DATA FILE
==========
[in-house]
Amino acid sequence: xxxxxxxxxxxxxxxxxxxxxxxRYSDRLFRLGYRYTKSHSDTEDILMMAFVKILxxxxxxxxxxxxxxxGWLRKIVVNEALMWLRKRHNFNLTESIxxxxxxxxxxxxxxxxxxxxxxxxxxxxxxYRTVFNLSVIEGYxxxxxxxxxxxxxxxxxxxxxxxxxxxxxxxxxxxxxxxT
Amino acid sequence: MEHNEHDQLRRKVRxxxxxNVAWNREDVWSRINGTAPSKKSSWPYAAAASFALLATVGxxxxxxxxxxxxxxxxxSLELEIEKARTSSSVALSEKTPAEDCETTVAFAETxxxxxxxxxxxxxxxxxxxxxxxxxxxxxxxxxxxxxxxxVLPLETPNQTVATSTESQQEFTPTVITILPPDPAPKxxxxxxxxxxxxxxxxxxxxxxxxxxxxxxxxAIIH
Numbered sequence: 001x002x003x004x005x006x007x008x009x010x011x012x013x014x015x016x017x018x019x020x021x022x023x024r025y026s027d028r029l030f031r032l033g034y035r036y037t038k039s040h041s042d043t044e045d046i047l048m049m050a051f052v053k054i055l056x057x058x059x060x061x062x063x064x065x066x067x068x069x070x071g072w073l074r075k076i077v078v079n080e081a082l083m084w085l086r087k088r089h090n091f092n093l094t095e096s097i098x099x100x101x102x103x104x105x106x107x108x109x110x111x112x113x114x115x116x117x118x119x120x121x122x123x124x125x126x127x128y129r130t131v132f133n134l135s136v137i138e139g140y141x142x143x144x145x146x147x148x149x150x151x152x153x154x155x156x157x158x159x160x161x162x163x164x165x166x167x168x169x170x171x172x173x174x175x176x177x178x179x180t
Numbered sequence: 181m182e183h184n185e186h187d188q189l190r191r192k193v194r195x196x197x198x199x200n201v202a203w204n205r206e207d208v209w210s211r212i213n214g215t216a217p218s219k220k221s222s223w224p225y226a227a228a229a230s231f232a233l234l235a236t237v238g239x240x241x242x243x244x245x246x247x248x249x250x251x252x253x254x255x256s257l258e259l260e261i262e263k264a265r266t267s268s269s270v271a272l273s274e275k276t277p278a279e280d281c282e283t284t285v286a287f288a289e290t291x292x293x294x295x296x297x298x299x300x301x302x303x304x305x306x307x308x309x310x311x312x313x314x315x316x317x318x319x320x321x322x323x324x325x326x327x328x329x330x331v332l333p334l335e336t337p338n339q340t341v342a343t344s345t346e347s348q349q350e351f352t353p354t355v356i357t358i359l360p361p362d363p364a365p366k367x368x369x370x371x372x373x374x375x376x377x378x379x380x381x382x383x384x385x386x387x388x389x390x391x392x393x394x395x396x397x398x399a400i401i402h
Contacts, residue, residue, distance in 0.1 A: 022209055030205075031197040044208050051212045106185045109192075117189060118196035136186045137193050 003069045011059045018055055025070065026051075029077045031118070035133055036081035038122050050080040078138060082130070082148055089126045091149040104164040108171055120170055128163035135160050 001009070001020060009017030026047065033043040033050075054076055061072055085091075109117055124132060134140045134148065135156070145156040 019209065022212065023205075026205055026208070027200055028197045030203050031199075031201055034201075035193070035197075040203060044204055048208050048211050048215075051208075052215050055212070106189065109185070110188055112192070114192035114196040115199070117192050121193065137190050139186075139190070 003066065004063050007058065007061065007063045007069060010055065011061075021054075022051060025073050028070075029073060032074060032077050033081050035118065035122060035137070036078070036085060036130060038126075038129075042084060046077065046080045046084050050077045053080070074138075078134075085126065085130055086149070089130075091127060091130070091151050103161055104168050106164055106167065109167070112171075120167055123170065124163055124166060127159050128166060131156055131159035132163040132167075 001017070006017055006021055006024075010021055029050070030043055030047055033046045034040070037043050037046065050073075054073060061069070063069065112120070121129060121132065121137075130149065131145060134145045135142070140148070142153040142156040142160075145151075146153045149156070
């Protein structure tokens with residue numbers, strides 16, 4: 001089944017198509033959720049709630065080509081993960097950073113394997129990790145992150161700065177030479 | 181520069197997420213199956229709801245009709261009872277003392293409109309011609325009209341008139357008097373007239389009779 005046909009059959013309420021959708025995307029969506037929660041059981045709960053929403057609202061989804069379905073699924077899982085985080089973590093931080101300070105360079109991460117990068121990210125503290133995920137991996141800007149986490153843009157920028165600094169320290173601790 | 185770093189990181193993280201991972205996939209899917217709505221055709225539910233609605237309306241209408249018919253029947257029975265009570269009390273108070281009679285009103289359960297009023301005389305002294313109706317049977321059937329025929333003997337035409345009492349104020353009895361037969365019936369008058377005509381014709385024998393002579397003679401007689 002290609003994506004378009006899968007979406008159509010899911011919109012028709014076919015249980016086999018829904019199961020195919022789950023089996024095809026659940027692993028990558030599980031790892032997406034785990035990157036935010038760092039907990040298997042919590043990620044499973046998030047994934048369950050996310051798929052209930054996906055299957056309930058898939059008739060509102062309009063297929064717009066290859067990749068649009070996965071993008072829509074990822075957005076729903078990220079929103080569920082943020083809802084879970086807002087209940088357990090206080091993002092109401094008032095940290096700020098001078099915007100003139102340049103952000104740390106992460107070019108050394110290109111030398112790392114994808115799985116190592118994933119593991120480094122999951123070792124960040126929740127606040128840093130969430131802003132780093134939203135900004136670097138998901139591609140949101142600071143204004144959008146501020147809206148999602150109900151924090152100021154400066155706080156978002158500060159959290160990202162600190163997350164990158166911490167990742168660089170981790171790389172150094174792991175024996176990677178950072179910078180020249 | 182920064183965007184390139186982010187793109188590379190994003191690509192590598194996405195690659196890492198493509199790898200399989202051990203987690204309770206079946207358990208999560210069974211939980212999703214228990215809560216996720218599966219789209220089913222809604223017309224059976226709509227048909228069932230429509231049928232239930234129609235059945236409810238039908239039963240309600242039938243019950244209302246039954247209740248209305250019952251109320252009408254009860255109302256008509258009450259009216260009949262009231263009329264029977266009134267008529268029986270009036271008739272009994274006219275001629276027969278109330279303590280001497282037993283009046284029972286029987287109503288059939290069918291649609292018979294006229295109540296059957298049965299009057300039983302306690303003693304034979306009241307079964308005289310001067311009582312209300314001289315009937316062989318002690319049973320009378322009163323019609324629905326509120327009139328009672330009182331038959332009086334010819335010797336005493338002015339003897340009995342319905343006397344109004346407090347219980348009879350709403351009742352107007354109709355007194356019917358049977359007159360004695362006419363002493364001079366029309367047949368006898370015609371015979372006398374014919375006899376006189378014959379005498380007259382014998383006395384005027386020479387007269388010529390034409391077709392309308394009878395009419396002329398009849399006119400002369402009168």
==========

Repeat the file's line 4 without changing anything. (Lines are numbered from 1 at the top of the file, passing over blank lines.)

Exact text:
Numbered sequence: 001x002x003x004x005x006x007x008x009x010x011x012x013x014x015x016x017x018x019x020x021x022x023x024r025y026s027d028r029l030f031r032l033g034y035r036y037t038k039s040h041s042d043t044e045d046i047l048m049m050a051f052v053k054i055l056x057x058x059x060x061x062x063x064x065x066x067x068x069x070x071g072w073l074r075k076i077v078v079n080e081a082l083m084w085l086r087k088r089h090n091f092n093l094t095e096s097i098x099x100x101x102x103x104x105x106x107x108x109x110x111x112x113x114x115x116x117x118x119x120x121x122x123x124x125x126x127x128y129r130t131v132f133n134l135s136v137i138e139g140y141x142x143x144x145x146x147x148x149x150x151x152x153x154x155x156x157x158x159x160x161x162x163x164x165x166x167x168x169x170x171x172x173x174x175x176x177x178x179x180t